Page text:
Fintech

  • December 05, 2023

    SEC Chair Warns Businesses Against AI Washing: 'Don't Do It'

    U.S. Securities and Exchange Commission Chair Gary Gensler on Tuesday cautioned business owners not to "AI wash," or mislead investors as to their true artificial intelligence capabilities, comparing the practice to "greenwashing" and saying that securities laws require "full, fair and truthful disclosure."

  • December 05, 2023

    Big Bank CEOs Bemoan Basel III Ahead Of Senate Grilling

    Chief executives of some of the nation's biggest banks will be sounding the alarm about proposed capital requirement hikes when senators question them on Capitol Hill on Wednesday, with JPMorgan's Jamie Dimon warning of dire potential consequences that will "fundamentally alter the U.S. economy."

  • December 05, 2023

    9th Circ. Says Coinbase Can Arbitrate Fraud Transfer Action

    A Ninth Circuit panel on Tuesday held that cryptocurrency exchange Coinbase can arbitrate claims from a class of its customers alleging it failed to curb unauthorized transfers, ruling that a provision delegating any dispute arising out of their customer agreements to an arbitrator is not unconscionable.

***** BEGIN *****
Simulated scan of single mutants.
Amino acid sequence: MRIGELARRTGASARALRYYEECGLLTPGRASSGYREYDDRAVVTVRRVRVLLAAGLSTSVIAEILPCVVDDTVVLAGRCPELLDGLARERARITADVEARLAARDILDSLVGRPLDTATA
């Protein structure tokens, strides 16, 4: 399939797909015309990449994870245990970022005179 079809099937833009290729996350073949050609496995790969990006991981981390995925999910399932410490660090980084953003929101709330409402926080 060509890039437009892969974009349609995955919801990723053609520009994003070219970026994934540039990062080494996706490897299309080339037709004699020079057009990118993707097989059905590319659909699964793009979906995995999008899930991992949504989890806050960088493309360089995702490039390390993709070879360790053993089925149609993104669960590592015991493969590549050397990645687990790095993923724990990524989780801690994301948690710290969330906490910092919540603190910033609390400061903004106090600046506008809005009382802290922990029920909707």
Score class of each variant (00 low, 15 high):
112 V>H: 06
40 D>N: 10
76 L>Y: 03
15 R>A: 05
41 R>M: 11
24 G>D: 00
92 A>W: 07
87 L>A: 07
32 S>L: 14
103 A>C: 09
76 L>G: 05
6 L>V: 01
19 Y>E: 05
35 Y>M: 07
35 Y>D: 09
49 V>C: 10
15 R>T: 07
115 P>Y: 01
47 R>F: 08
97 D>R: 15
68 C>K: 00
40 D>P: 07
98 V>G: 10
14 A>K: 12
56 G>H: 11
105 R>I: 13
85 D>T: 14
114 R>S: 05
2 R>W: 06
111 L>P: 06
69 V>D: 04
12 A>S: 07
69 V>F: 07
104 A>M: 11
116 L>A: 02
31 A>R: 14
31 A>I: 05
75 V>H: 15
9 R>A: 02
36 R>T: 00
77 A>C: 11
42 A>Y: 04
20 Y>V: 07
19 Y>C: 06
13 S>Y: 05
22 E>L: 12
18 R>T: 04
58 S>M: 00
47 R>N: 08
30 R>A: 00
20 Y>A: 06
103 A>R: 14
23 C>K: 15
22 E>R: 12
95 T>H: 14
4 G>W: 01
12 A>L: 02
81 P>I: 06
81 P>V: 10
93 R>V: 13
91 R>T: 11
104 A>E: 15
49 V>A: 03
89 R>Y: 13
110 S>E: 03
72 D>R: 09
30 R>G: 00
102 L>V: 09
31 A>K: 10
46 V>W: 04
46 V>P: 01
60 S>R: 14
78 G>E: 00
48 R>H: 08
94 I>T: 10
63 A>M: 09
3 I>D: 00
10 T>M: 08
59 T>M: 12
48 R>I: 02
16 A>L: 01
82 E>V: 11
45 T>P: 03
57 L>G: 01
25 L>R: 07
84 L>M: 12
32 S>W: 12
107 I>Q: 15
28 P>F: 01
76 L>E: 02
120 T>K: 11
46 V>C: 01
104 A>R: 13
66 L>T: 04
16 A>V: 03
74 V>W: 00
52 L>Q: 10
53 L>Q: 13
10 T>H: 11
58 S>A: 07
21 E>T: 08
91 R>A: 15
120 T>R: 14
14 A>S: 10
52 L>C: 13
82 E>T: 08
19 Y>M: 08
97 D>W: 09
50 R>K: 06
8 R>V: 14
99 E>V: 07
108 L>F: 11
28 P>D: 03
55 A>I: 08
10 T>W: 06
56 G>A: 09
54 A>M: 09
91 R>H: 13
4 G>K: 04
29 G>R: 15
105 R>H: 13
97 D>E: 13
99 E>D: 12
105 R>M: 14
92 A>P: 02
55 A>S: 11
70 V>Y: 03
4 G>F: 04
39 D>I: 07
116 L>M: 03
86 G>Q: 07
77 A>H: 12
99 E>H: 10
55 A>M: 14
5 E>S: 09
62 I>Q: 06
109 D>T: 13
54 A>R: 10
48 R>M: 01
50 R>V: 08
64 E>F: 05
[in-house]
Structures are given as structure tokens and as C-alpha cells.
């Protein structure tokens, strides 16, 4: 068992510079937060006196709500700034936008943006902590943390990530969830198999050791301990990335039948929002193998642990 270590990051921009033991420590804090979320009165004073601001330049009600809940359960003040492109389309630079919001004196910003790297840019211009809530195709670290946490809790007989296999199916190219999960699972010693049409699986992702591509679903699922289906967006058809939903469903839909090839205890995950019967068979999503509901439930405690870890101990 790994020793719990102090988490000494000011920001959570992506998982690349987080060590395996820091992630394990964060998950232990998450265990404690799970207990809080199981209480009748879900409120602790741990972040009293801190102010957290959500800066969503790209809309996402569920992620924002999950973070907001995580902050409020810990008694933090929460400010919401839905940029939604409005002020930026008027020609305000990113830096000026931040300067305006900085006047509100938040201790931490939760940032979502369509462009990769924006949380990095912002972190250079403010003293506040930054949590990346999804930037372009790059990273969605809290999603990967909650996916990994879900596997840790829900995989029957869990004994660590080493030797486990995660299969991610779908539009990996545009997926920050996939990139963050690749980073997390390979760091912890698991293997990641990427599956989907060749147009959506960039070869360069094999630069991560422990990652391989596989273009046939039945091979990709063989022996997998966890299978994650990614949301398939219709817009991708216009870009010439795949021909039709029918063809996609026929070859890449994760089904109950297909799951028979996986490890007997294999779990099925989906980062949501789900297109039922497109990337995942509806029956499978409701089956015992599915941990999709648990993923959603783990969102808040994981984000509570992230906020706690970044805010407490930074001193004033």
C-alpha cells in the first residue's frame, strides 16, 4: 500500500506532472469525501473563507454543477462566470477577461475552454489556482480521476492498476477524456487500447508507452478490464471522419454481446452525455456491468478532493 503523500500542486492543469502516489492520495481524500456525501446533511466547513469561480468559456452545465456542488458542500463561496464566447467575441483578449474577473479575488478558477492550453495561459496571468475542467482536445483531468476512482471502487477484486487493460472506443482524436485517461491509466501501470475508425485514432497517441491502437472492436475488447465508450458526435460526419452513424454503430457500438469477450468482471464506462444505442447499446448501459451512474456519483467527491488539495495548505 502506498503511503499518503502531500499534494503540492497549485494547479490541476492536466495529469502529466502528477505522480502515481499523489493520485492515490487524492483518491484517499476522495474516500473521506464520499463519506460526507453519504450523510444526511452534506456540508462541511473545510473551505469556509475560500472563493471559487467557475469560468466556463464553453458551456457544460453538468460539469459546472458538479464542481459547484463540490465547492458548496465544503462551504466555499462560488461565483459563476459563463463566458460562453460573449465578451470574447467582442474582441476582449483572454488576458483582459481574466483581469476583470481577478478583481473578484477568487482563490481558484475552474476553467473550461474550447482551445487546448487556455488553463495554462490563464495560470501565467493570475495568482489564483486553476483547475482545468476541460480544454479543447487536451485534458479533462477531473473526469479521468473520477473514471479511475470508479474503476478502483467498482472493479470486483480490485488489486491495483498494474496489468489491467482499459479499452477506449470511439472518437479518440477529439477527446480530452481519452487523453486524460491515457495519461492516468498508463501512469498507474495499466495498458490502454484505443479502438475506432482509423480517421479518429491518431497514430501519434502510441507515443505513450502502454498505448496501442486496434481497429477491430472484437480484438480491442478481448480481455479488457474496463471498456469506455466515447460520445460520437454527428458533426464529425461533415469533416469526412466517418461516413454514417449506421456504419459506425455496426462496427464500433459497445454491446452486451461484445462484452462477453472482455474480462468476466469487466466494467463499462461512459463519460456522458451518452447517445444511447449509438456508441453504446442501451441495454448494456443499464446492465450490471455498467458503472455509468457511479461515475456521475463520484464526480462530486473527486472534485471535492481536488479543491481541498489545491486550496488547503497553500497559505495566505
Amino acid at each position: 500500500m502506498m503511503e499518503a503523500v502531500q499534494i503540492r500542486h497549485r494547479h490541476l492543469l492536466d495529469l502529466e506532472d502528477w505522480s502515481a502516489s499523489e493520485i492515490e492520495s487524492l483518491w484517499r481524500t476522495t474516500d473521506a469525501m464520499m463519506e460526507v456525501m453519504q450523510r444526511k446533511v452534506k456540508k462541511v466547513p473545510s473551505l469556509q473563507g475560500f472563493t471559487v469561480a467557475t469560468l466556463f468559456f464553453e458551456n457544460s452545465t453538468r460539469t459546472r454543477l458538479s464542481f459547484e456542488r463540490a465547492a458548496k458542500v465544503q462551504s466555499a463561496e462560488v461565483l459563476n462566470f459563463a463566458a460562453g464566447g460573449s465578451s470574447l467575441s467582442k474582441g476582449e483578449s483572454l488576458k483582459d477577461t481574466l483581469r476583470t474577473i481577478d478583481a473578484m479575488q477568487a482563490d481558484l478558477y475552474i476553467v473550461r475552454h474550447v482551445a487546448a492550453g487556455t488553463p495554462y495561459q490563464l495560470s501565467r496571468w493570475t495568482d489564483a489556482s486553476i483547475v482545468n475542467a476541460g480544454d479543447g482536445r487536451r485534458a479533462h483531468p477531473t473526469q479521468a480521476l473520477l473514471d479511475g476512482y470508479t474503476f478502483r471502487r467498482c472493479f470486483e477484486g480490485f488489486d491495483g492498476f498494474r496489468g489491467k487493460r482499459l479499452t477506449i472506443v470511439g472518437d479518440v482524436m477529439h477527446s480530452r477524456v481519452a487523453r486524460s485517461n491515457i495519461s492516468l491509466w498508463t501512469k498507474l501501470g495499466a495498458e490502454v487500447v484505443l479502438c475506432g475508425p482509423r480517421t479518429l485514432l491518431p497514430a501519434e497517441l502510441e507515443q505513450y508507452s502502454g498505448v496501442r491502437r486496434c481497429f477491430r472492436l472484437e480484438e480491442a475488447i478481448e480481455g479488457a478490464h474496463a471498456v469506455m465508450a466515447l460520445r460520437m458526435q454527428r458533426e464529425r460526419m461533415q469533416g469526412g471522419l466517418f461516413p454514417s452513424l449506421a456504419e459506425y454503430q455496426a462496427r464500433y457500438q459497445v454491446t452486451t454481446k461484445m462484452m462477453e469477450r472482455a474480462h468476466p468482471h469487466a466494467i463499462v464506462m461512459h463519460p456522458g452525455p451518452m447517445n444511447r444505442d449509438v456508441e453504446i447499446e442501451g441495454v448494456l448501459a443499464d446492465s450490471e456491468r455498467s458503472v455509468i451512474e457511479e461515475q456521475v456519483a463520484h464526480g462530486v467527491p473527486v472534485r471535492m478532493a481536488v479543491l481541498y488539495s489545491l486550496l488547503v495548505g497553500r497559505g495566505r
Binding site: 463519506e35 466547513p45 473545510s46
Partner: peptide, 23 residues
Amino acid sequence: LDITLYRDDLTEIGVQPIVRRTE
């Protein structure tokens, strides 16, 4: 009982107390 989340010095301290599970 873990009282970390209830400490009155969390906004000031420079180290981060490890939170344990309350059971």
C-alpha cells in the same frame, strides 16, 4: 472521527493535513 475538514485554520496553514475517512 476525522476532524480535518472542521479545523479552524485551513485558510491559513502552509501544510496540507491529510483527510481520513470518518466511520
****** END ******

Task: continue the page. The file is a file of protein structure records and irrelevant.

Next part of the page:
• December 05, 2023

    SEC, Terraform Clash Over Jury's Role At Upcoming Trial

    The U.S. Securities and Exchange Commission and Terraform Labs are sparring over whether a jury can determine if Terraform's tokens are securities as the parties await the court's decision on competing motions for summary judgment.

  • December 05, 2023

    Lending Co. Best Egg Looks To Arbitrate Predatory Loans Suit

    Online lender Best Egg has moved to compel arbitration of a proposed class action accusing the company of raking in millions of dollars by charging borrowers unlawfully high interest rates, arguing the plaintiffs "indisputably assented" to loan agreements containing arbitration provisions.

  • December 05, 2023

    3rd Circ. Affirms Arbitration Denial In MicroBilt FCRA Suit

    A three-judge Third Circuit panel on Tuesday upheld a New Jersey court's decision denying credit reporting company MicroBilt's request to compel arbitration in the case of a woman who sued the company for denying her a loan when it mistook her for someone on a government watch list.

  • December 05, 2023

    Trump, SBF Trials Spotlight Nonverbal Signaling, Prof Says